Early on into the new year, Mother Nature began issuing her typically frosty instructions about winter road dangers that kill 900 people and injure another 76,000 nationwide each year while keeping millions of others from doing whatever they normally do on a cold January day.
By year’s end, state and local agencies across the USA are expected to spend at least $2.3 billion on snow and ice control operations and many millions more to repair roads and bridges damaged from snow and ice.
Yet, if we think about it at all, we tend to take such statistics in stride. After all, 70% of the nation’s roads are in regions where annual snowfall reaches more than 5 inches. So, as sophisticated, educated people, we’re conditioned to certain perceived realities:
• Streets and roads get more slippery as the temperature drops.
• Our heaviest overcoats can keep us warm behind the wheel.
• Budding teen entrepreneurs can drum up extra money by plowing the neighbors’ sidewalks and driveways.
As it happens, though, these aren’t realities. None of these perceptions conforms exactly to the way Mother Nature has been organizing winters down through the millennia.
If the Old Gal could communicate in a language we could all understand, she would likely explain that the coldest, hardest ice is actually sticky, which improves traction, according to road safety experts. Roads tend to become much more slick at 28 to 34 degrees Fahrenheit after cars drive over snow and ice.
Heavy coats and thick gloves amount to poor winter wardrobe selections, mainly because they’re thick enough to impede driving behavior, especially in an emergency, road-safety experts say.
As for sending the kids out into the street with snow shovels to kick-start their college funds, it’s best to wait until the storm is completely over. Some towns discourage this practice by ordinance.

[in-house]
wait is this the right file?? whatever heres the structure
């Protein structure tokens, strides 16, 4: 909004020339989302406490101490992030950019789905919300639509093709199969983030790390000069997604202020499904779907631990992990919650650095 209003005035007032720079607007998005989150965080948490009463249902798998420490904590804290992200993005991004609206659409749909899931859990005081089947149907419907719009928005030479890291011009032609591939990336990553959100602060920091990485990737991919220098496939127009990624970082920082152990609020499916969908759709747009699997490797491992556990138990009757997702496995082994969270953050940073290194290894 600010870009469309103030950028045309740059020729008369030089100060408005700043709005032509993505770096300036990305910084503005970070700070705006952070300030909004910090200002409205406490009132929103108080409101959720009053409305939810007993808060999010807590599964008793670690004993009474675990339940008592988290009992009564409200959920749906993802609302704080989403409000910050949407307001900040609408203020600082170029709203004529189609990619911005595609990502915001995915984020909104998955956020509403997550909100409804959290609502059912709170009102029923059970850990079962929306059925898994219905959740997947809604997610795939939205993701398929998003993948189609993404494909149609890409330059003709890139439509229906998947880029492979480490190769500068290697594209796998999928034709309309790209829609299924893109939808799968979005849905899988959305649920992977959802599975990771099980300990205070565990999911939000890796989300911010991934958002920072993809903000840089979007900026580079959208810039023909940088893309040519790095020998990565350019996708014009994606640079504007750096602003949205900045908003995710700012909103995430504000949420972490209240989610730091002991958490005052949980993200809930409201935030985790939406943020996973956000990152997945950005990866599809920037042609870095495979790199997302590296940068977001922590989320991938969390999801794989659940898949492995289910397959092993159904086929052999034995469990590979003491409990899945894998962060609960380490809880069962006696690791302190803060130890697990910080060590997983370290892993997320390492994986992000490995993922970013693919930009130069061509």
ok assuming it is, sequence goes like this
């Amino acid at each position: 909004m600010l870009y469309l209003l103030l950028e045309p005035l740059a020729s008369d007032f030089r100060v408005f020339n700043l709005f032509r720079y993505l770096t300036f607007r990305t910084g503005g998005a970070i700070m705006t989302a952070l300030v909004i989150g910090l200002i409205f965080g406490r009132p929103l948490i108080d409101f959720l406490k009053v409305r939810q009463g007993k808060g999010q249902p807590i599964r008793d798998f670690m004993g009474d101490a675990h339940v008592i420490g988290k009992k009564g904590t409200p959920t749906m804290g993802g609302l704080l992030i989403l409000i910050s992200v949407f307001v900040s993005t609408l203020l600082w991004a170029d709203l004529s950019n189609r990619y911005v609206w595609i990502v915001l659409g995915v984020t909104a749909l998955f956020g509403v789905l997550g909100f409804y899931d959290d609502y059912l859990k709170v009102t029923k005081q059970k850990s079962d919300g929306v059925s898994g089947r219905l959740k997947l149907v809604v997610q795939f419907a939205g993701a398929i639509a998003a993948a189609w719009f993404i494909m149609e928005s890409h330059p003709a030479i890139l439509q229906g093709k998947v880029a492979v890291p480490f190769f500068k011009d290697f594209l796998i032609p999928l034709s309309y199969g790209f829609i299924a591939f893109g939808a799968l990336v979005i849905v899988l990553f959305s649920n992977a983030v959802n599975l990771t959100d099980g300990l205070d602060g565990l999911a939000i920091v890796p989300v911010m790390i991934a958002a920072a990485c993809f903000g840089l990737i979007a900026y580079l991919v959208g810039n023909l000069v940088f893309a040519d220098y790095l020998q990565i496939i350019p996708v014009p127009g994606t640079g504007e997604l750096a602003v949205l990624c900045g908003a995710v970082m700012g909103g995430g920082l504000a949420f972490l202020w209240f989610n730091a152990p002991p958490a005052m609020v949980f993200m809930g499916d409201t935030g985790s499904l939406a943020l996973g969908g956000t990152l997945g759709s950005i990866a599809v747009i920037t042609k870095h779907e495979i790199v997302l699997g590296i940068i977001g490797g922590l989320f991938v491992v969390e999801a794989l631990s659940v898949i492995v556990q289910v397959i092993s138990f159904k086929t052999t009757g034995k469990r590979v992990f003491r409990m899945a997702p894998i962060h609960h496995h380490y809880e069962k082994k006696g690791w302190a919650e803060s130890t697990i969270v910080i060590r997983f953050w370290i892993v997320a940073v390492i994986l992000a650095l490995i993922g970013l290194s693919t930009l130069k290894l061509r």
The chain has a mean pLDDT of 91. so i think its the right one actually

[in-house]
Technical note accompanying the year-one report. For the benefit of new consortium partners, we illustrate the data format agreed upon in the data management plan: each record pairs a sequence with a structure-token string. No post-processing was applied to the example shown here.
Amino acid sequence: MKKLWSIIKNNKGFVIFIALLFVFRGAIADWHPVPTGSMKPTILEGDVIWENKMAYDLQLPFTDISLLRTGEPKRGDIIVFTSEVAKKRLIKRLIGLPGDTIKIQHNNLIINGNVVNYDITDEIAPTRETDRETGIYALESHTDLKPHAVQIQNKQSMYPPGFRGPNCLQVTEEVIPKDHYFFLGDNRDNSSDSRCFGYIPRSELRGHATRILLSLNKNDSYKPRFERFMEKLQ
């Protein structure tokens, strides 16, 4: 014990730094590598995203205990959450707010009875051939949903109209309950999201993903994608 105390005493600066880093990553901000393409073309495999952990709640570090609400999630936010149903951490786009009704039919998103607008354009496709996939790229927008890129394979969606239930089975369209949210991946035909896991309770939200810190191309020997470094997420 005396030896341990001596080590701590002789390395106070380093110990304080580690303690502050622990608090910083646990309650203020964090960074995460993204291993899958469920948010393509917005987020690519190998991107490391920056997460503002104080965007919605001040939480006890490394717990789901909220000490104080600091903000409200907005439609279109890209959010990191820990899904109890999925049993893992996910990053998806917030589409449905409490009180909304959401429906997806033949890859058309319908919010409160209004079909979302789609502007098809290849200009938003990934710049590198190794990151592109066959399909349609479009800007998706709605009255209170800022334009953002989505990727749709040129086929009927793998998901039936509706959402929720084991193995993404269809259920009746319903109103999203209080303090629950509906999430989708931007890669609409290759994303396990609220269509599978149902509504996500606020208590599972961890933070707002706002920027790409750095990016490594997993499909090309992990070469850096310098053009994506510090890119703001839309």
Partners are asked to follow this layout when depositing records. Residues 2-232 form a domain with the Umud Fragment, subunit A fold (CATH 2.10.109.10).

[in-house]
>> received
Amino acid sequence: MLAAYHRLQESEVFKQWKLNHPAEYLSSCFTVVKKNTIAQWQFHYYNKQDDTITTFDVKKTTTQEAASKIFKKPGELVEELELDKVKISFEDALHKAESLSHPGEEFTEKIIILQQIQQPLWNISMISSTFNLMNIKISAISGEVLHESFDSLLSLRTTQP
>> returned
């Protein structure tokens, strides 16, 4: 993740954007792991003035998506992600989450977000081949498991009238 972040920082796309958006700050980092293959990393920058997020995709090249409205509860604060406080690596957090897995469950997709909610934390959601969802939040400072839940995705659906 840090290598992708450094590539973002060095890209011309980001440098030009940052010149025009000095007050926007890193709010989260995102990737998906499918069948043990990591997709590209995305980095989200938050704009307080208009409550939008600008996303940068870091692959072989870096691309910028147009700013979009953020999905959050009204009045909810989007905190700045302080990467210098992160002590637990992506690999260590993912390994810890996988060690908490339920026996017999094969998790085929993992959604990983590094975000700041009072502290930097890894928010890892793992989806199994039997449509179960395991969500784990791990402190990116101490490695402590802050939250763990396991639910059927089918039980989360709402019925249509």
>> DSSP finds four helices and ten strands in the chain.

These are only three among a host of misconceptions that frequently trip up winter road warriors. Here are eight more:
Stay off snow-covered roads if you can, but if you can’t, resist the urge to pass a slow-moving plow. Their drivers typically have limited sight distances, and they can't easily maneuver their vehicles.
If you try to pass, poor visibility likely will obscure oncoming vehicles.
And besides, following a plow should be considered a winter gift! After all, they’re clearing the road for you, and their lights can be a beacon in an otherwise cold, bleak night.
2. School plows
Stay away from schools while their driveways are being plowed. While schools tend to have the best hills to sleigh down, resist the temptation and keep children away from plows while they're working.
3. Idling death traps
Resting in a heated car while the snow around it is being shoveled and swept away can be tempting.
Snow can clog the tailpipe, forcing deadly carbon monoxide fumes into the car’s cabin.
4. Best driving footwear
You don’t need big boots when you drive. Too often, they’re big enough to depress both the accelerator and the brake, a big-foot mistake that can lead to a completely avoidable winter crash.
5. Car rentals
The National Highway Traffic Safety Administration recommends that drivers become familiar with a rental before driving it off the lot, especially the hazard-lights switch in case of an emergency. As with any sophisticated piece of machinery, be prepared by reading the owner's manual.
6. Cars that shake
If your un-garaged car behaves well at slow speeds after a snowstorm but starts to shake at 40 mph or so, it might not be a long-term malfunction. Snow might be clogging some of its sensors.
However, resist the temptation to scrape it away, however. Experts advise to leave the vehicle alone and let it dry by itself in the sun, so that the sensors don't get damaged.
7. Personal parking spots
After digging out the parking space in front of your house, it’s tempting to station a chair, a sign or your 6-foot-6 nephew there to preserve it for you when you drive to the store for groceries.
Unmetered parking spaces that don't have signs or yellow curb markings operate on a first-come, first-served basis, and ordinances in some towns bar homeowners from claiming title to them — even after a storm.
8. Rooftop snow
The latest excuse for failing to remove dangerous white glop from the tops of vehicles is the inconvenient luggage rack that makes it doubly hard to dislodge snow and ice.
The solution is simple: Buy a car with removable racks, or better yet, avoid many of the wintry disadvantages on this list by renting a garage and staying home on stormy days.
Those who get dumped on as you drive around town will thank you.